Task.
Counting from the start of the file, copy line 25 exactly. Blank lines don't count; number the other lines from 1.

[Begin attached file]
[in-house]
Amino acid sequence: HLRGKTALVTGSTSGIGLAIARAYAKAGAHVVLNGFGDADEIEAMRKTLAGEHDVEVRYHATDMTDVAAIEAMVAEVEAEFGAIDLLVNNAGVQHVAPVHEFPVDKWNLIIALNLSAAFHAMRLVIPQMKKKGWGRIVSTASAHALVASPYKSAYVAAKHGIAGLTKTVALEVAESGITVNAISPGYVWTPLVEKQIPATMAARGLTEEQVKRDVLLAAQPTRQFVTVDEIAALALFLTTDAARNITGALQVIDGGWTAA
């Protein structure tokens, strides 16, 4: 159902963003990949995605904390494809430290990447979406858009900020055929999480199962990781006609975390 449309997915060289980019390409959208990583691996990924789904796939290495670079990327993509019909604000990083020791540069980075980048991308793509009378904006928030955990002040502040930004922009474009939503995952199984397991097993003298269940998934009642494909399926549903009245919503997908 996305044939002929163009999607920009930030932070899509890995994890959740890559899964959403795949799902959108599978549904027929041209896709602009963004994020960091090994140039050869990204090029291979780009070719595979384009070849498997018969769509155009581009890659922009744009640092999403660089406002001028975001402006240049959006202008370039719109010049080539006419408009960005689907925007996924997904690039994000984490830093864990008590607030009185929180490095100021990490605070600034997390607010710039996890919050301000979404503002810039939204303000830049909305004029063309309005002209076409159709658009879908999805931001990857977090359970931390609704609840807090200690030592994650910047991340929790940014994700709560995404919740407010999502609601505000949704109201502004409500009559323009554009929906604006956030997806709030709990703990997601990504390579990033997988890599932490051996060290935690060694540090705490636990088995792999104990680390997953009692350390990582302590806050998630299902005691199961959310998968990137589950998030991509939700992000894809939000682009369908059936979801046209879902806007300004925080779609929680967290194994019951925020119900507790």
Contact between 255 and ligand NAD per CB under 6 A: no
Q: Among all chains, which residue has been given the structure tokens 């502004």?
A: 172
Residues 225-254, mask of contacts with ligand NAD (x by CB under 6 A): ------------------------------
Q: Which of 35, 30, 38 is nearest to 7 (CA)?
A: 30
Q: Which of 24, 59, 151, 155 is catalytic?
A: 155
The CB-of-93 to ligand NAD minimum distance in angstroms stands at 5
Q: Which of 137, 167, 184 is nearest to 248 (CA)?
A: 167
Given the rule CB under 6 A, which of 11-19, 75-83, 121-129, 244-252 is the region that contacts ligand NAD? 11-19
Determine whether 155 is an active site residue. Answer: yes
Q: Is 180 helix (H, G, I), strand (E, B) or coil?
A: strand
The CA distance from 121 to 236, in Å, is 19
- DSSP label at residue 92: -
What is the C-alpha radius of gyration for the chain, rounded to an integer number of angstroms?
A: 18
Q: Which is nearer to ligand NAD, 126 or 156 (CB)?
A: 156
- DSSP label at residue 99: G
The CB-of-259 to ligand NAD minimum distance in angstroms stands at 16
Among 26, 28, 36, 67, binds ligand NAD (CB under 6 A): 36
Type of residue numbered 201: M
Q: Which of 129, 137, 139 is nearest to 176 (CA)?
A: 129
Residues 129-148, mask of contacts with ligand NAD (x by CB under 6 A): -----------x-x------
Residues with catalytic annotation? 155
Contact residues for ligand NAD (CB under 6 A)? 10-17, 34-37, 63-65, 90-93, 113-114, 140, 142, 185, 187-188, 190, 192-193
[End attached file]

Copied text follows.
- DSSP label at residue 99: G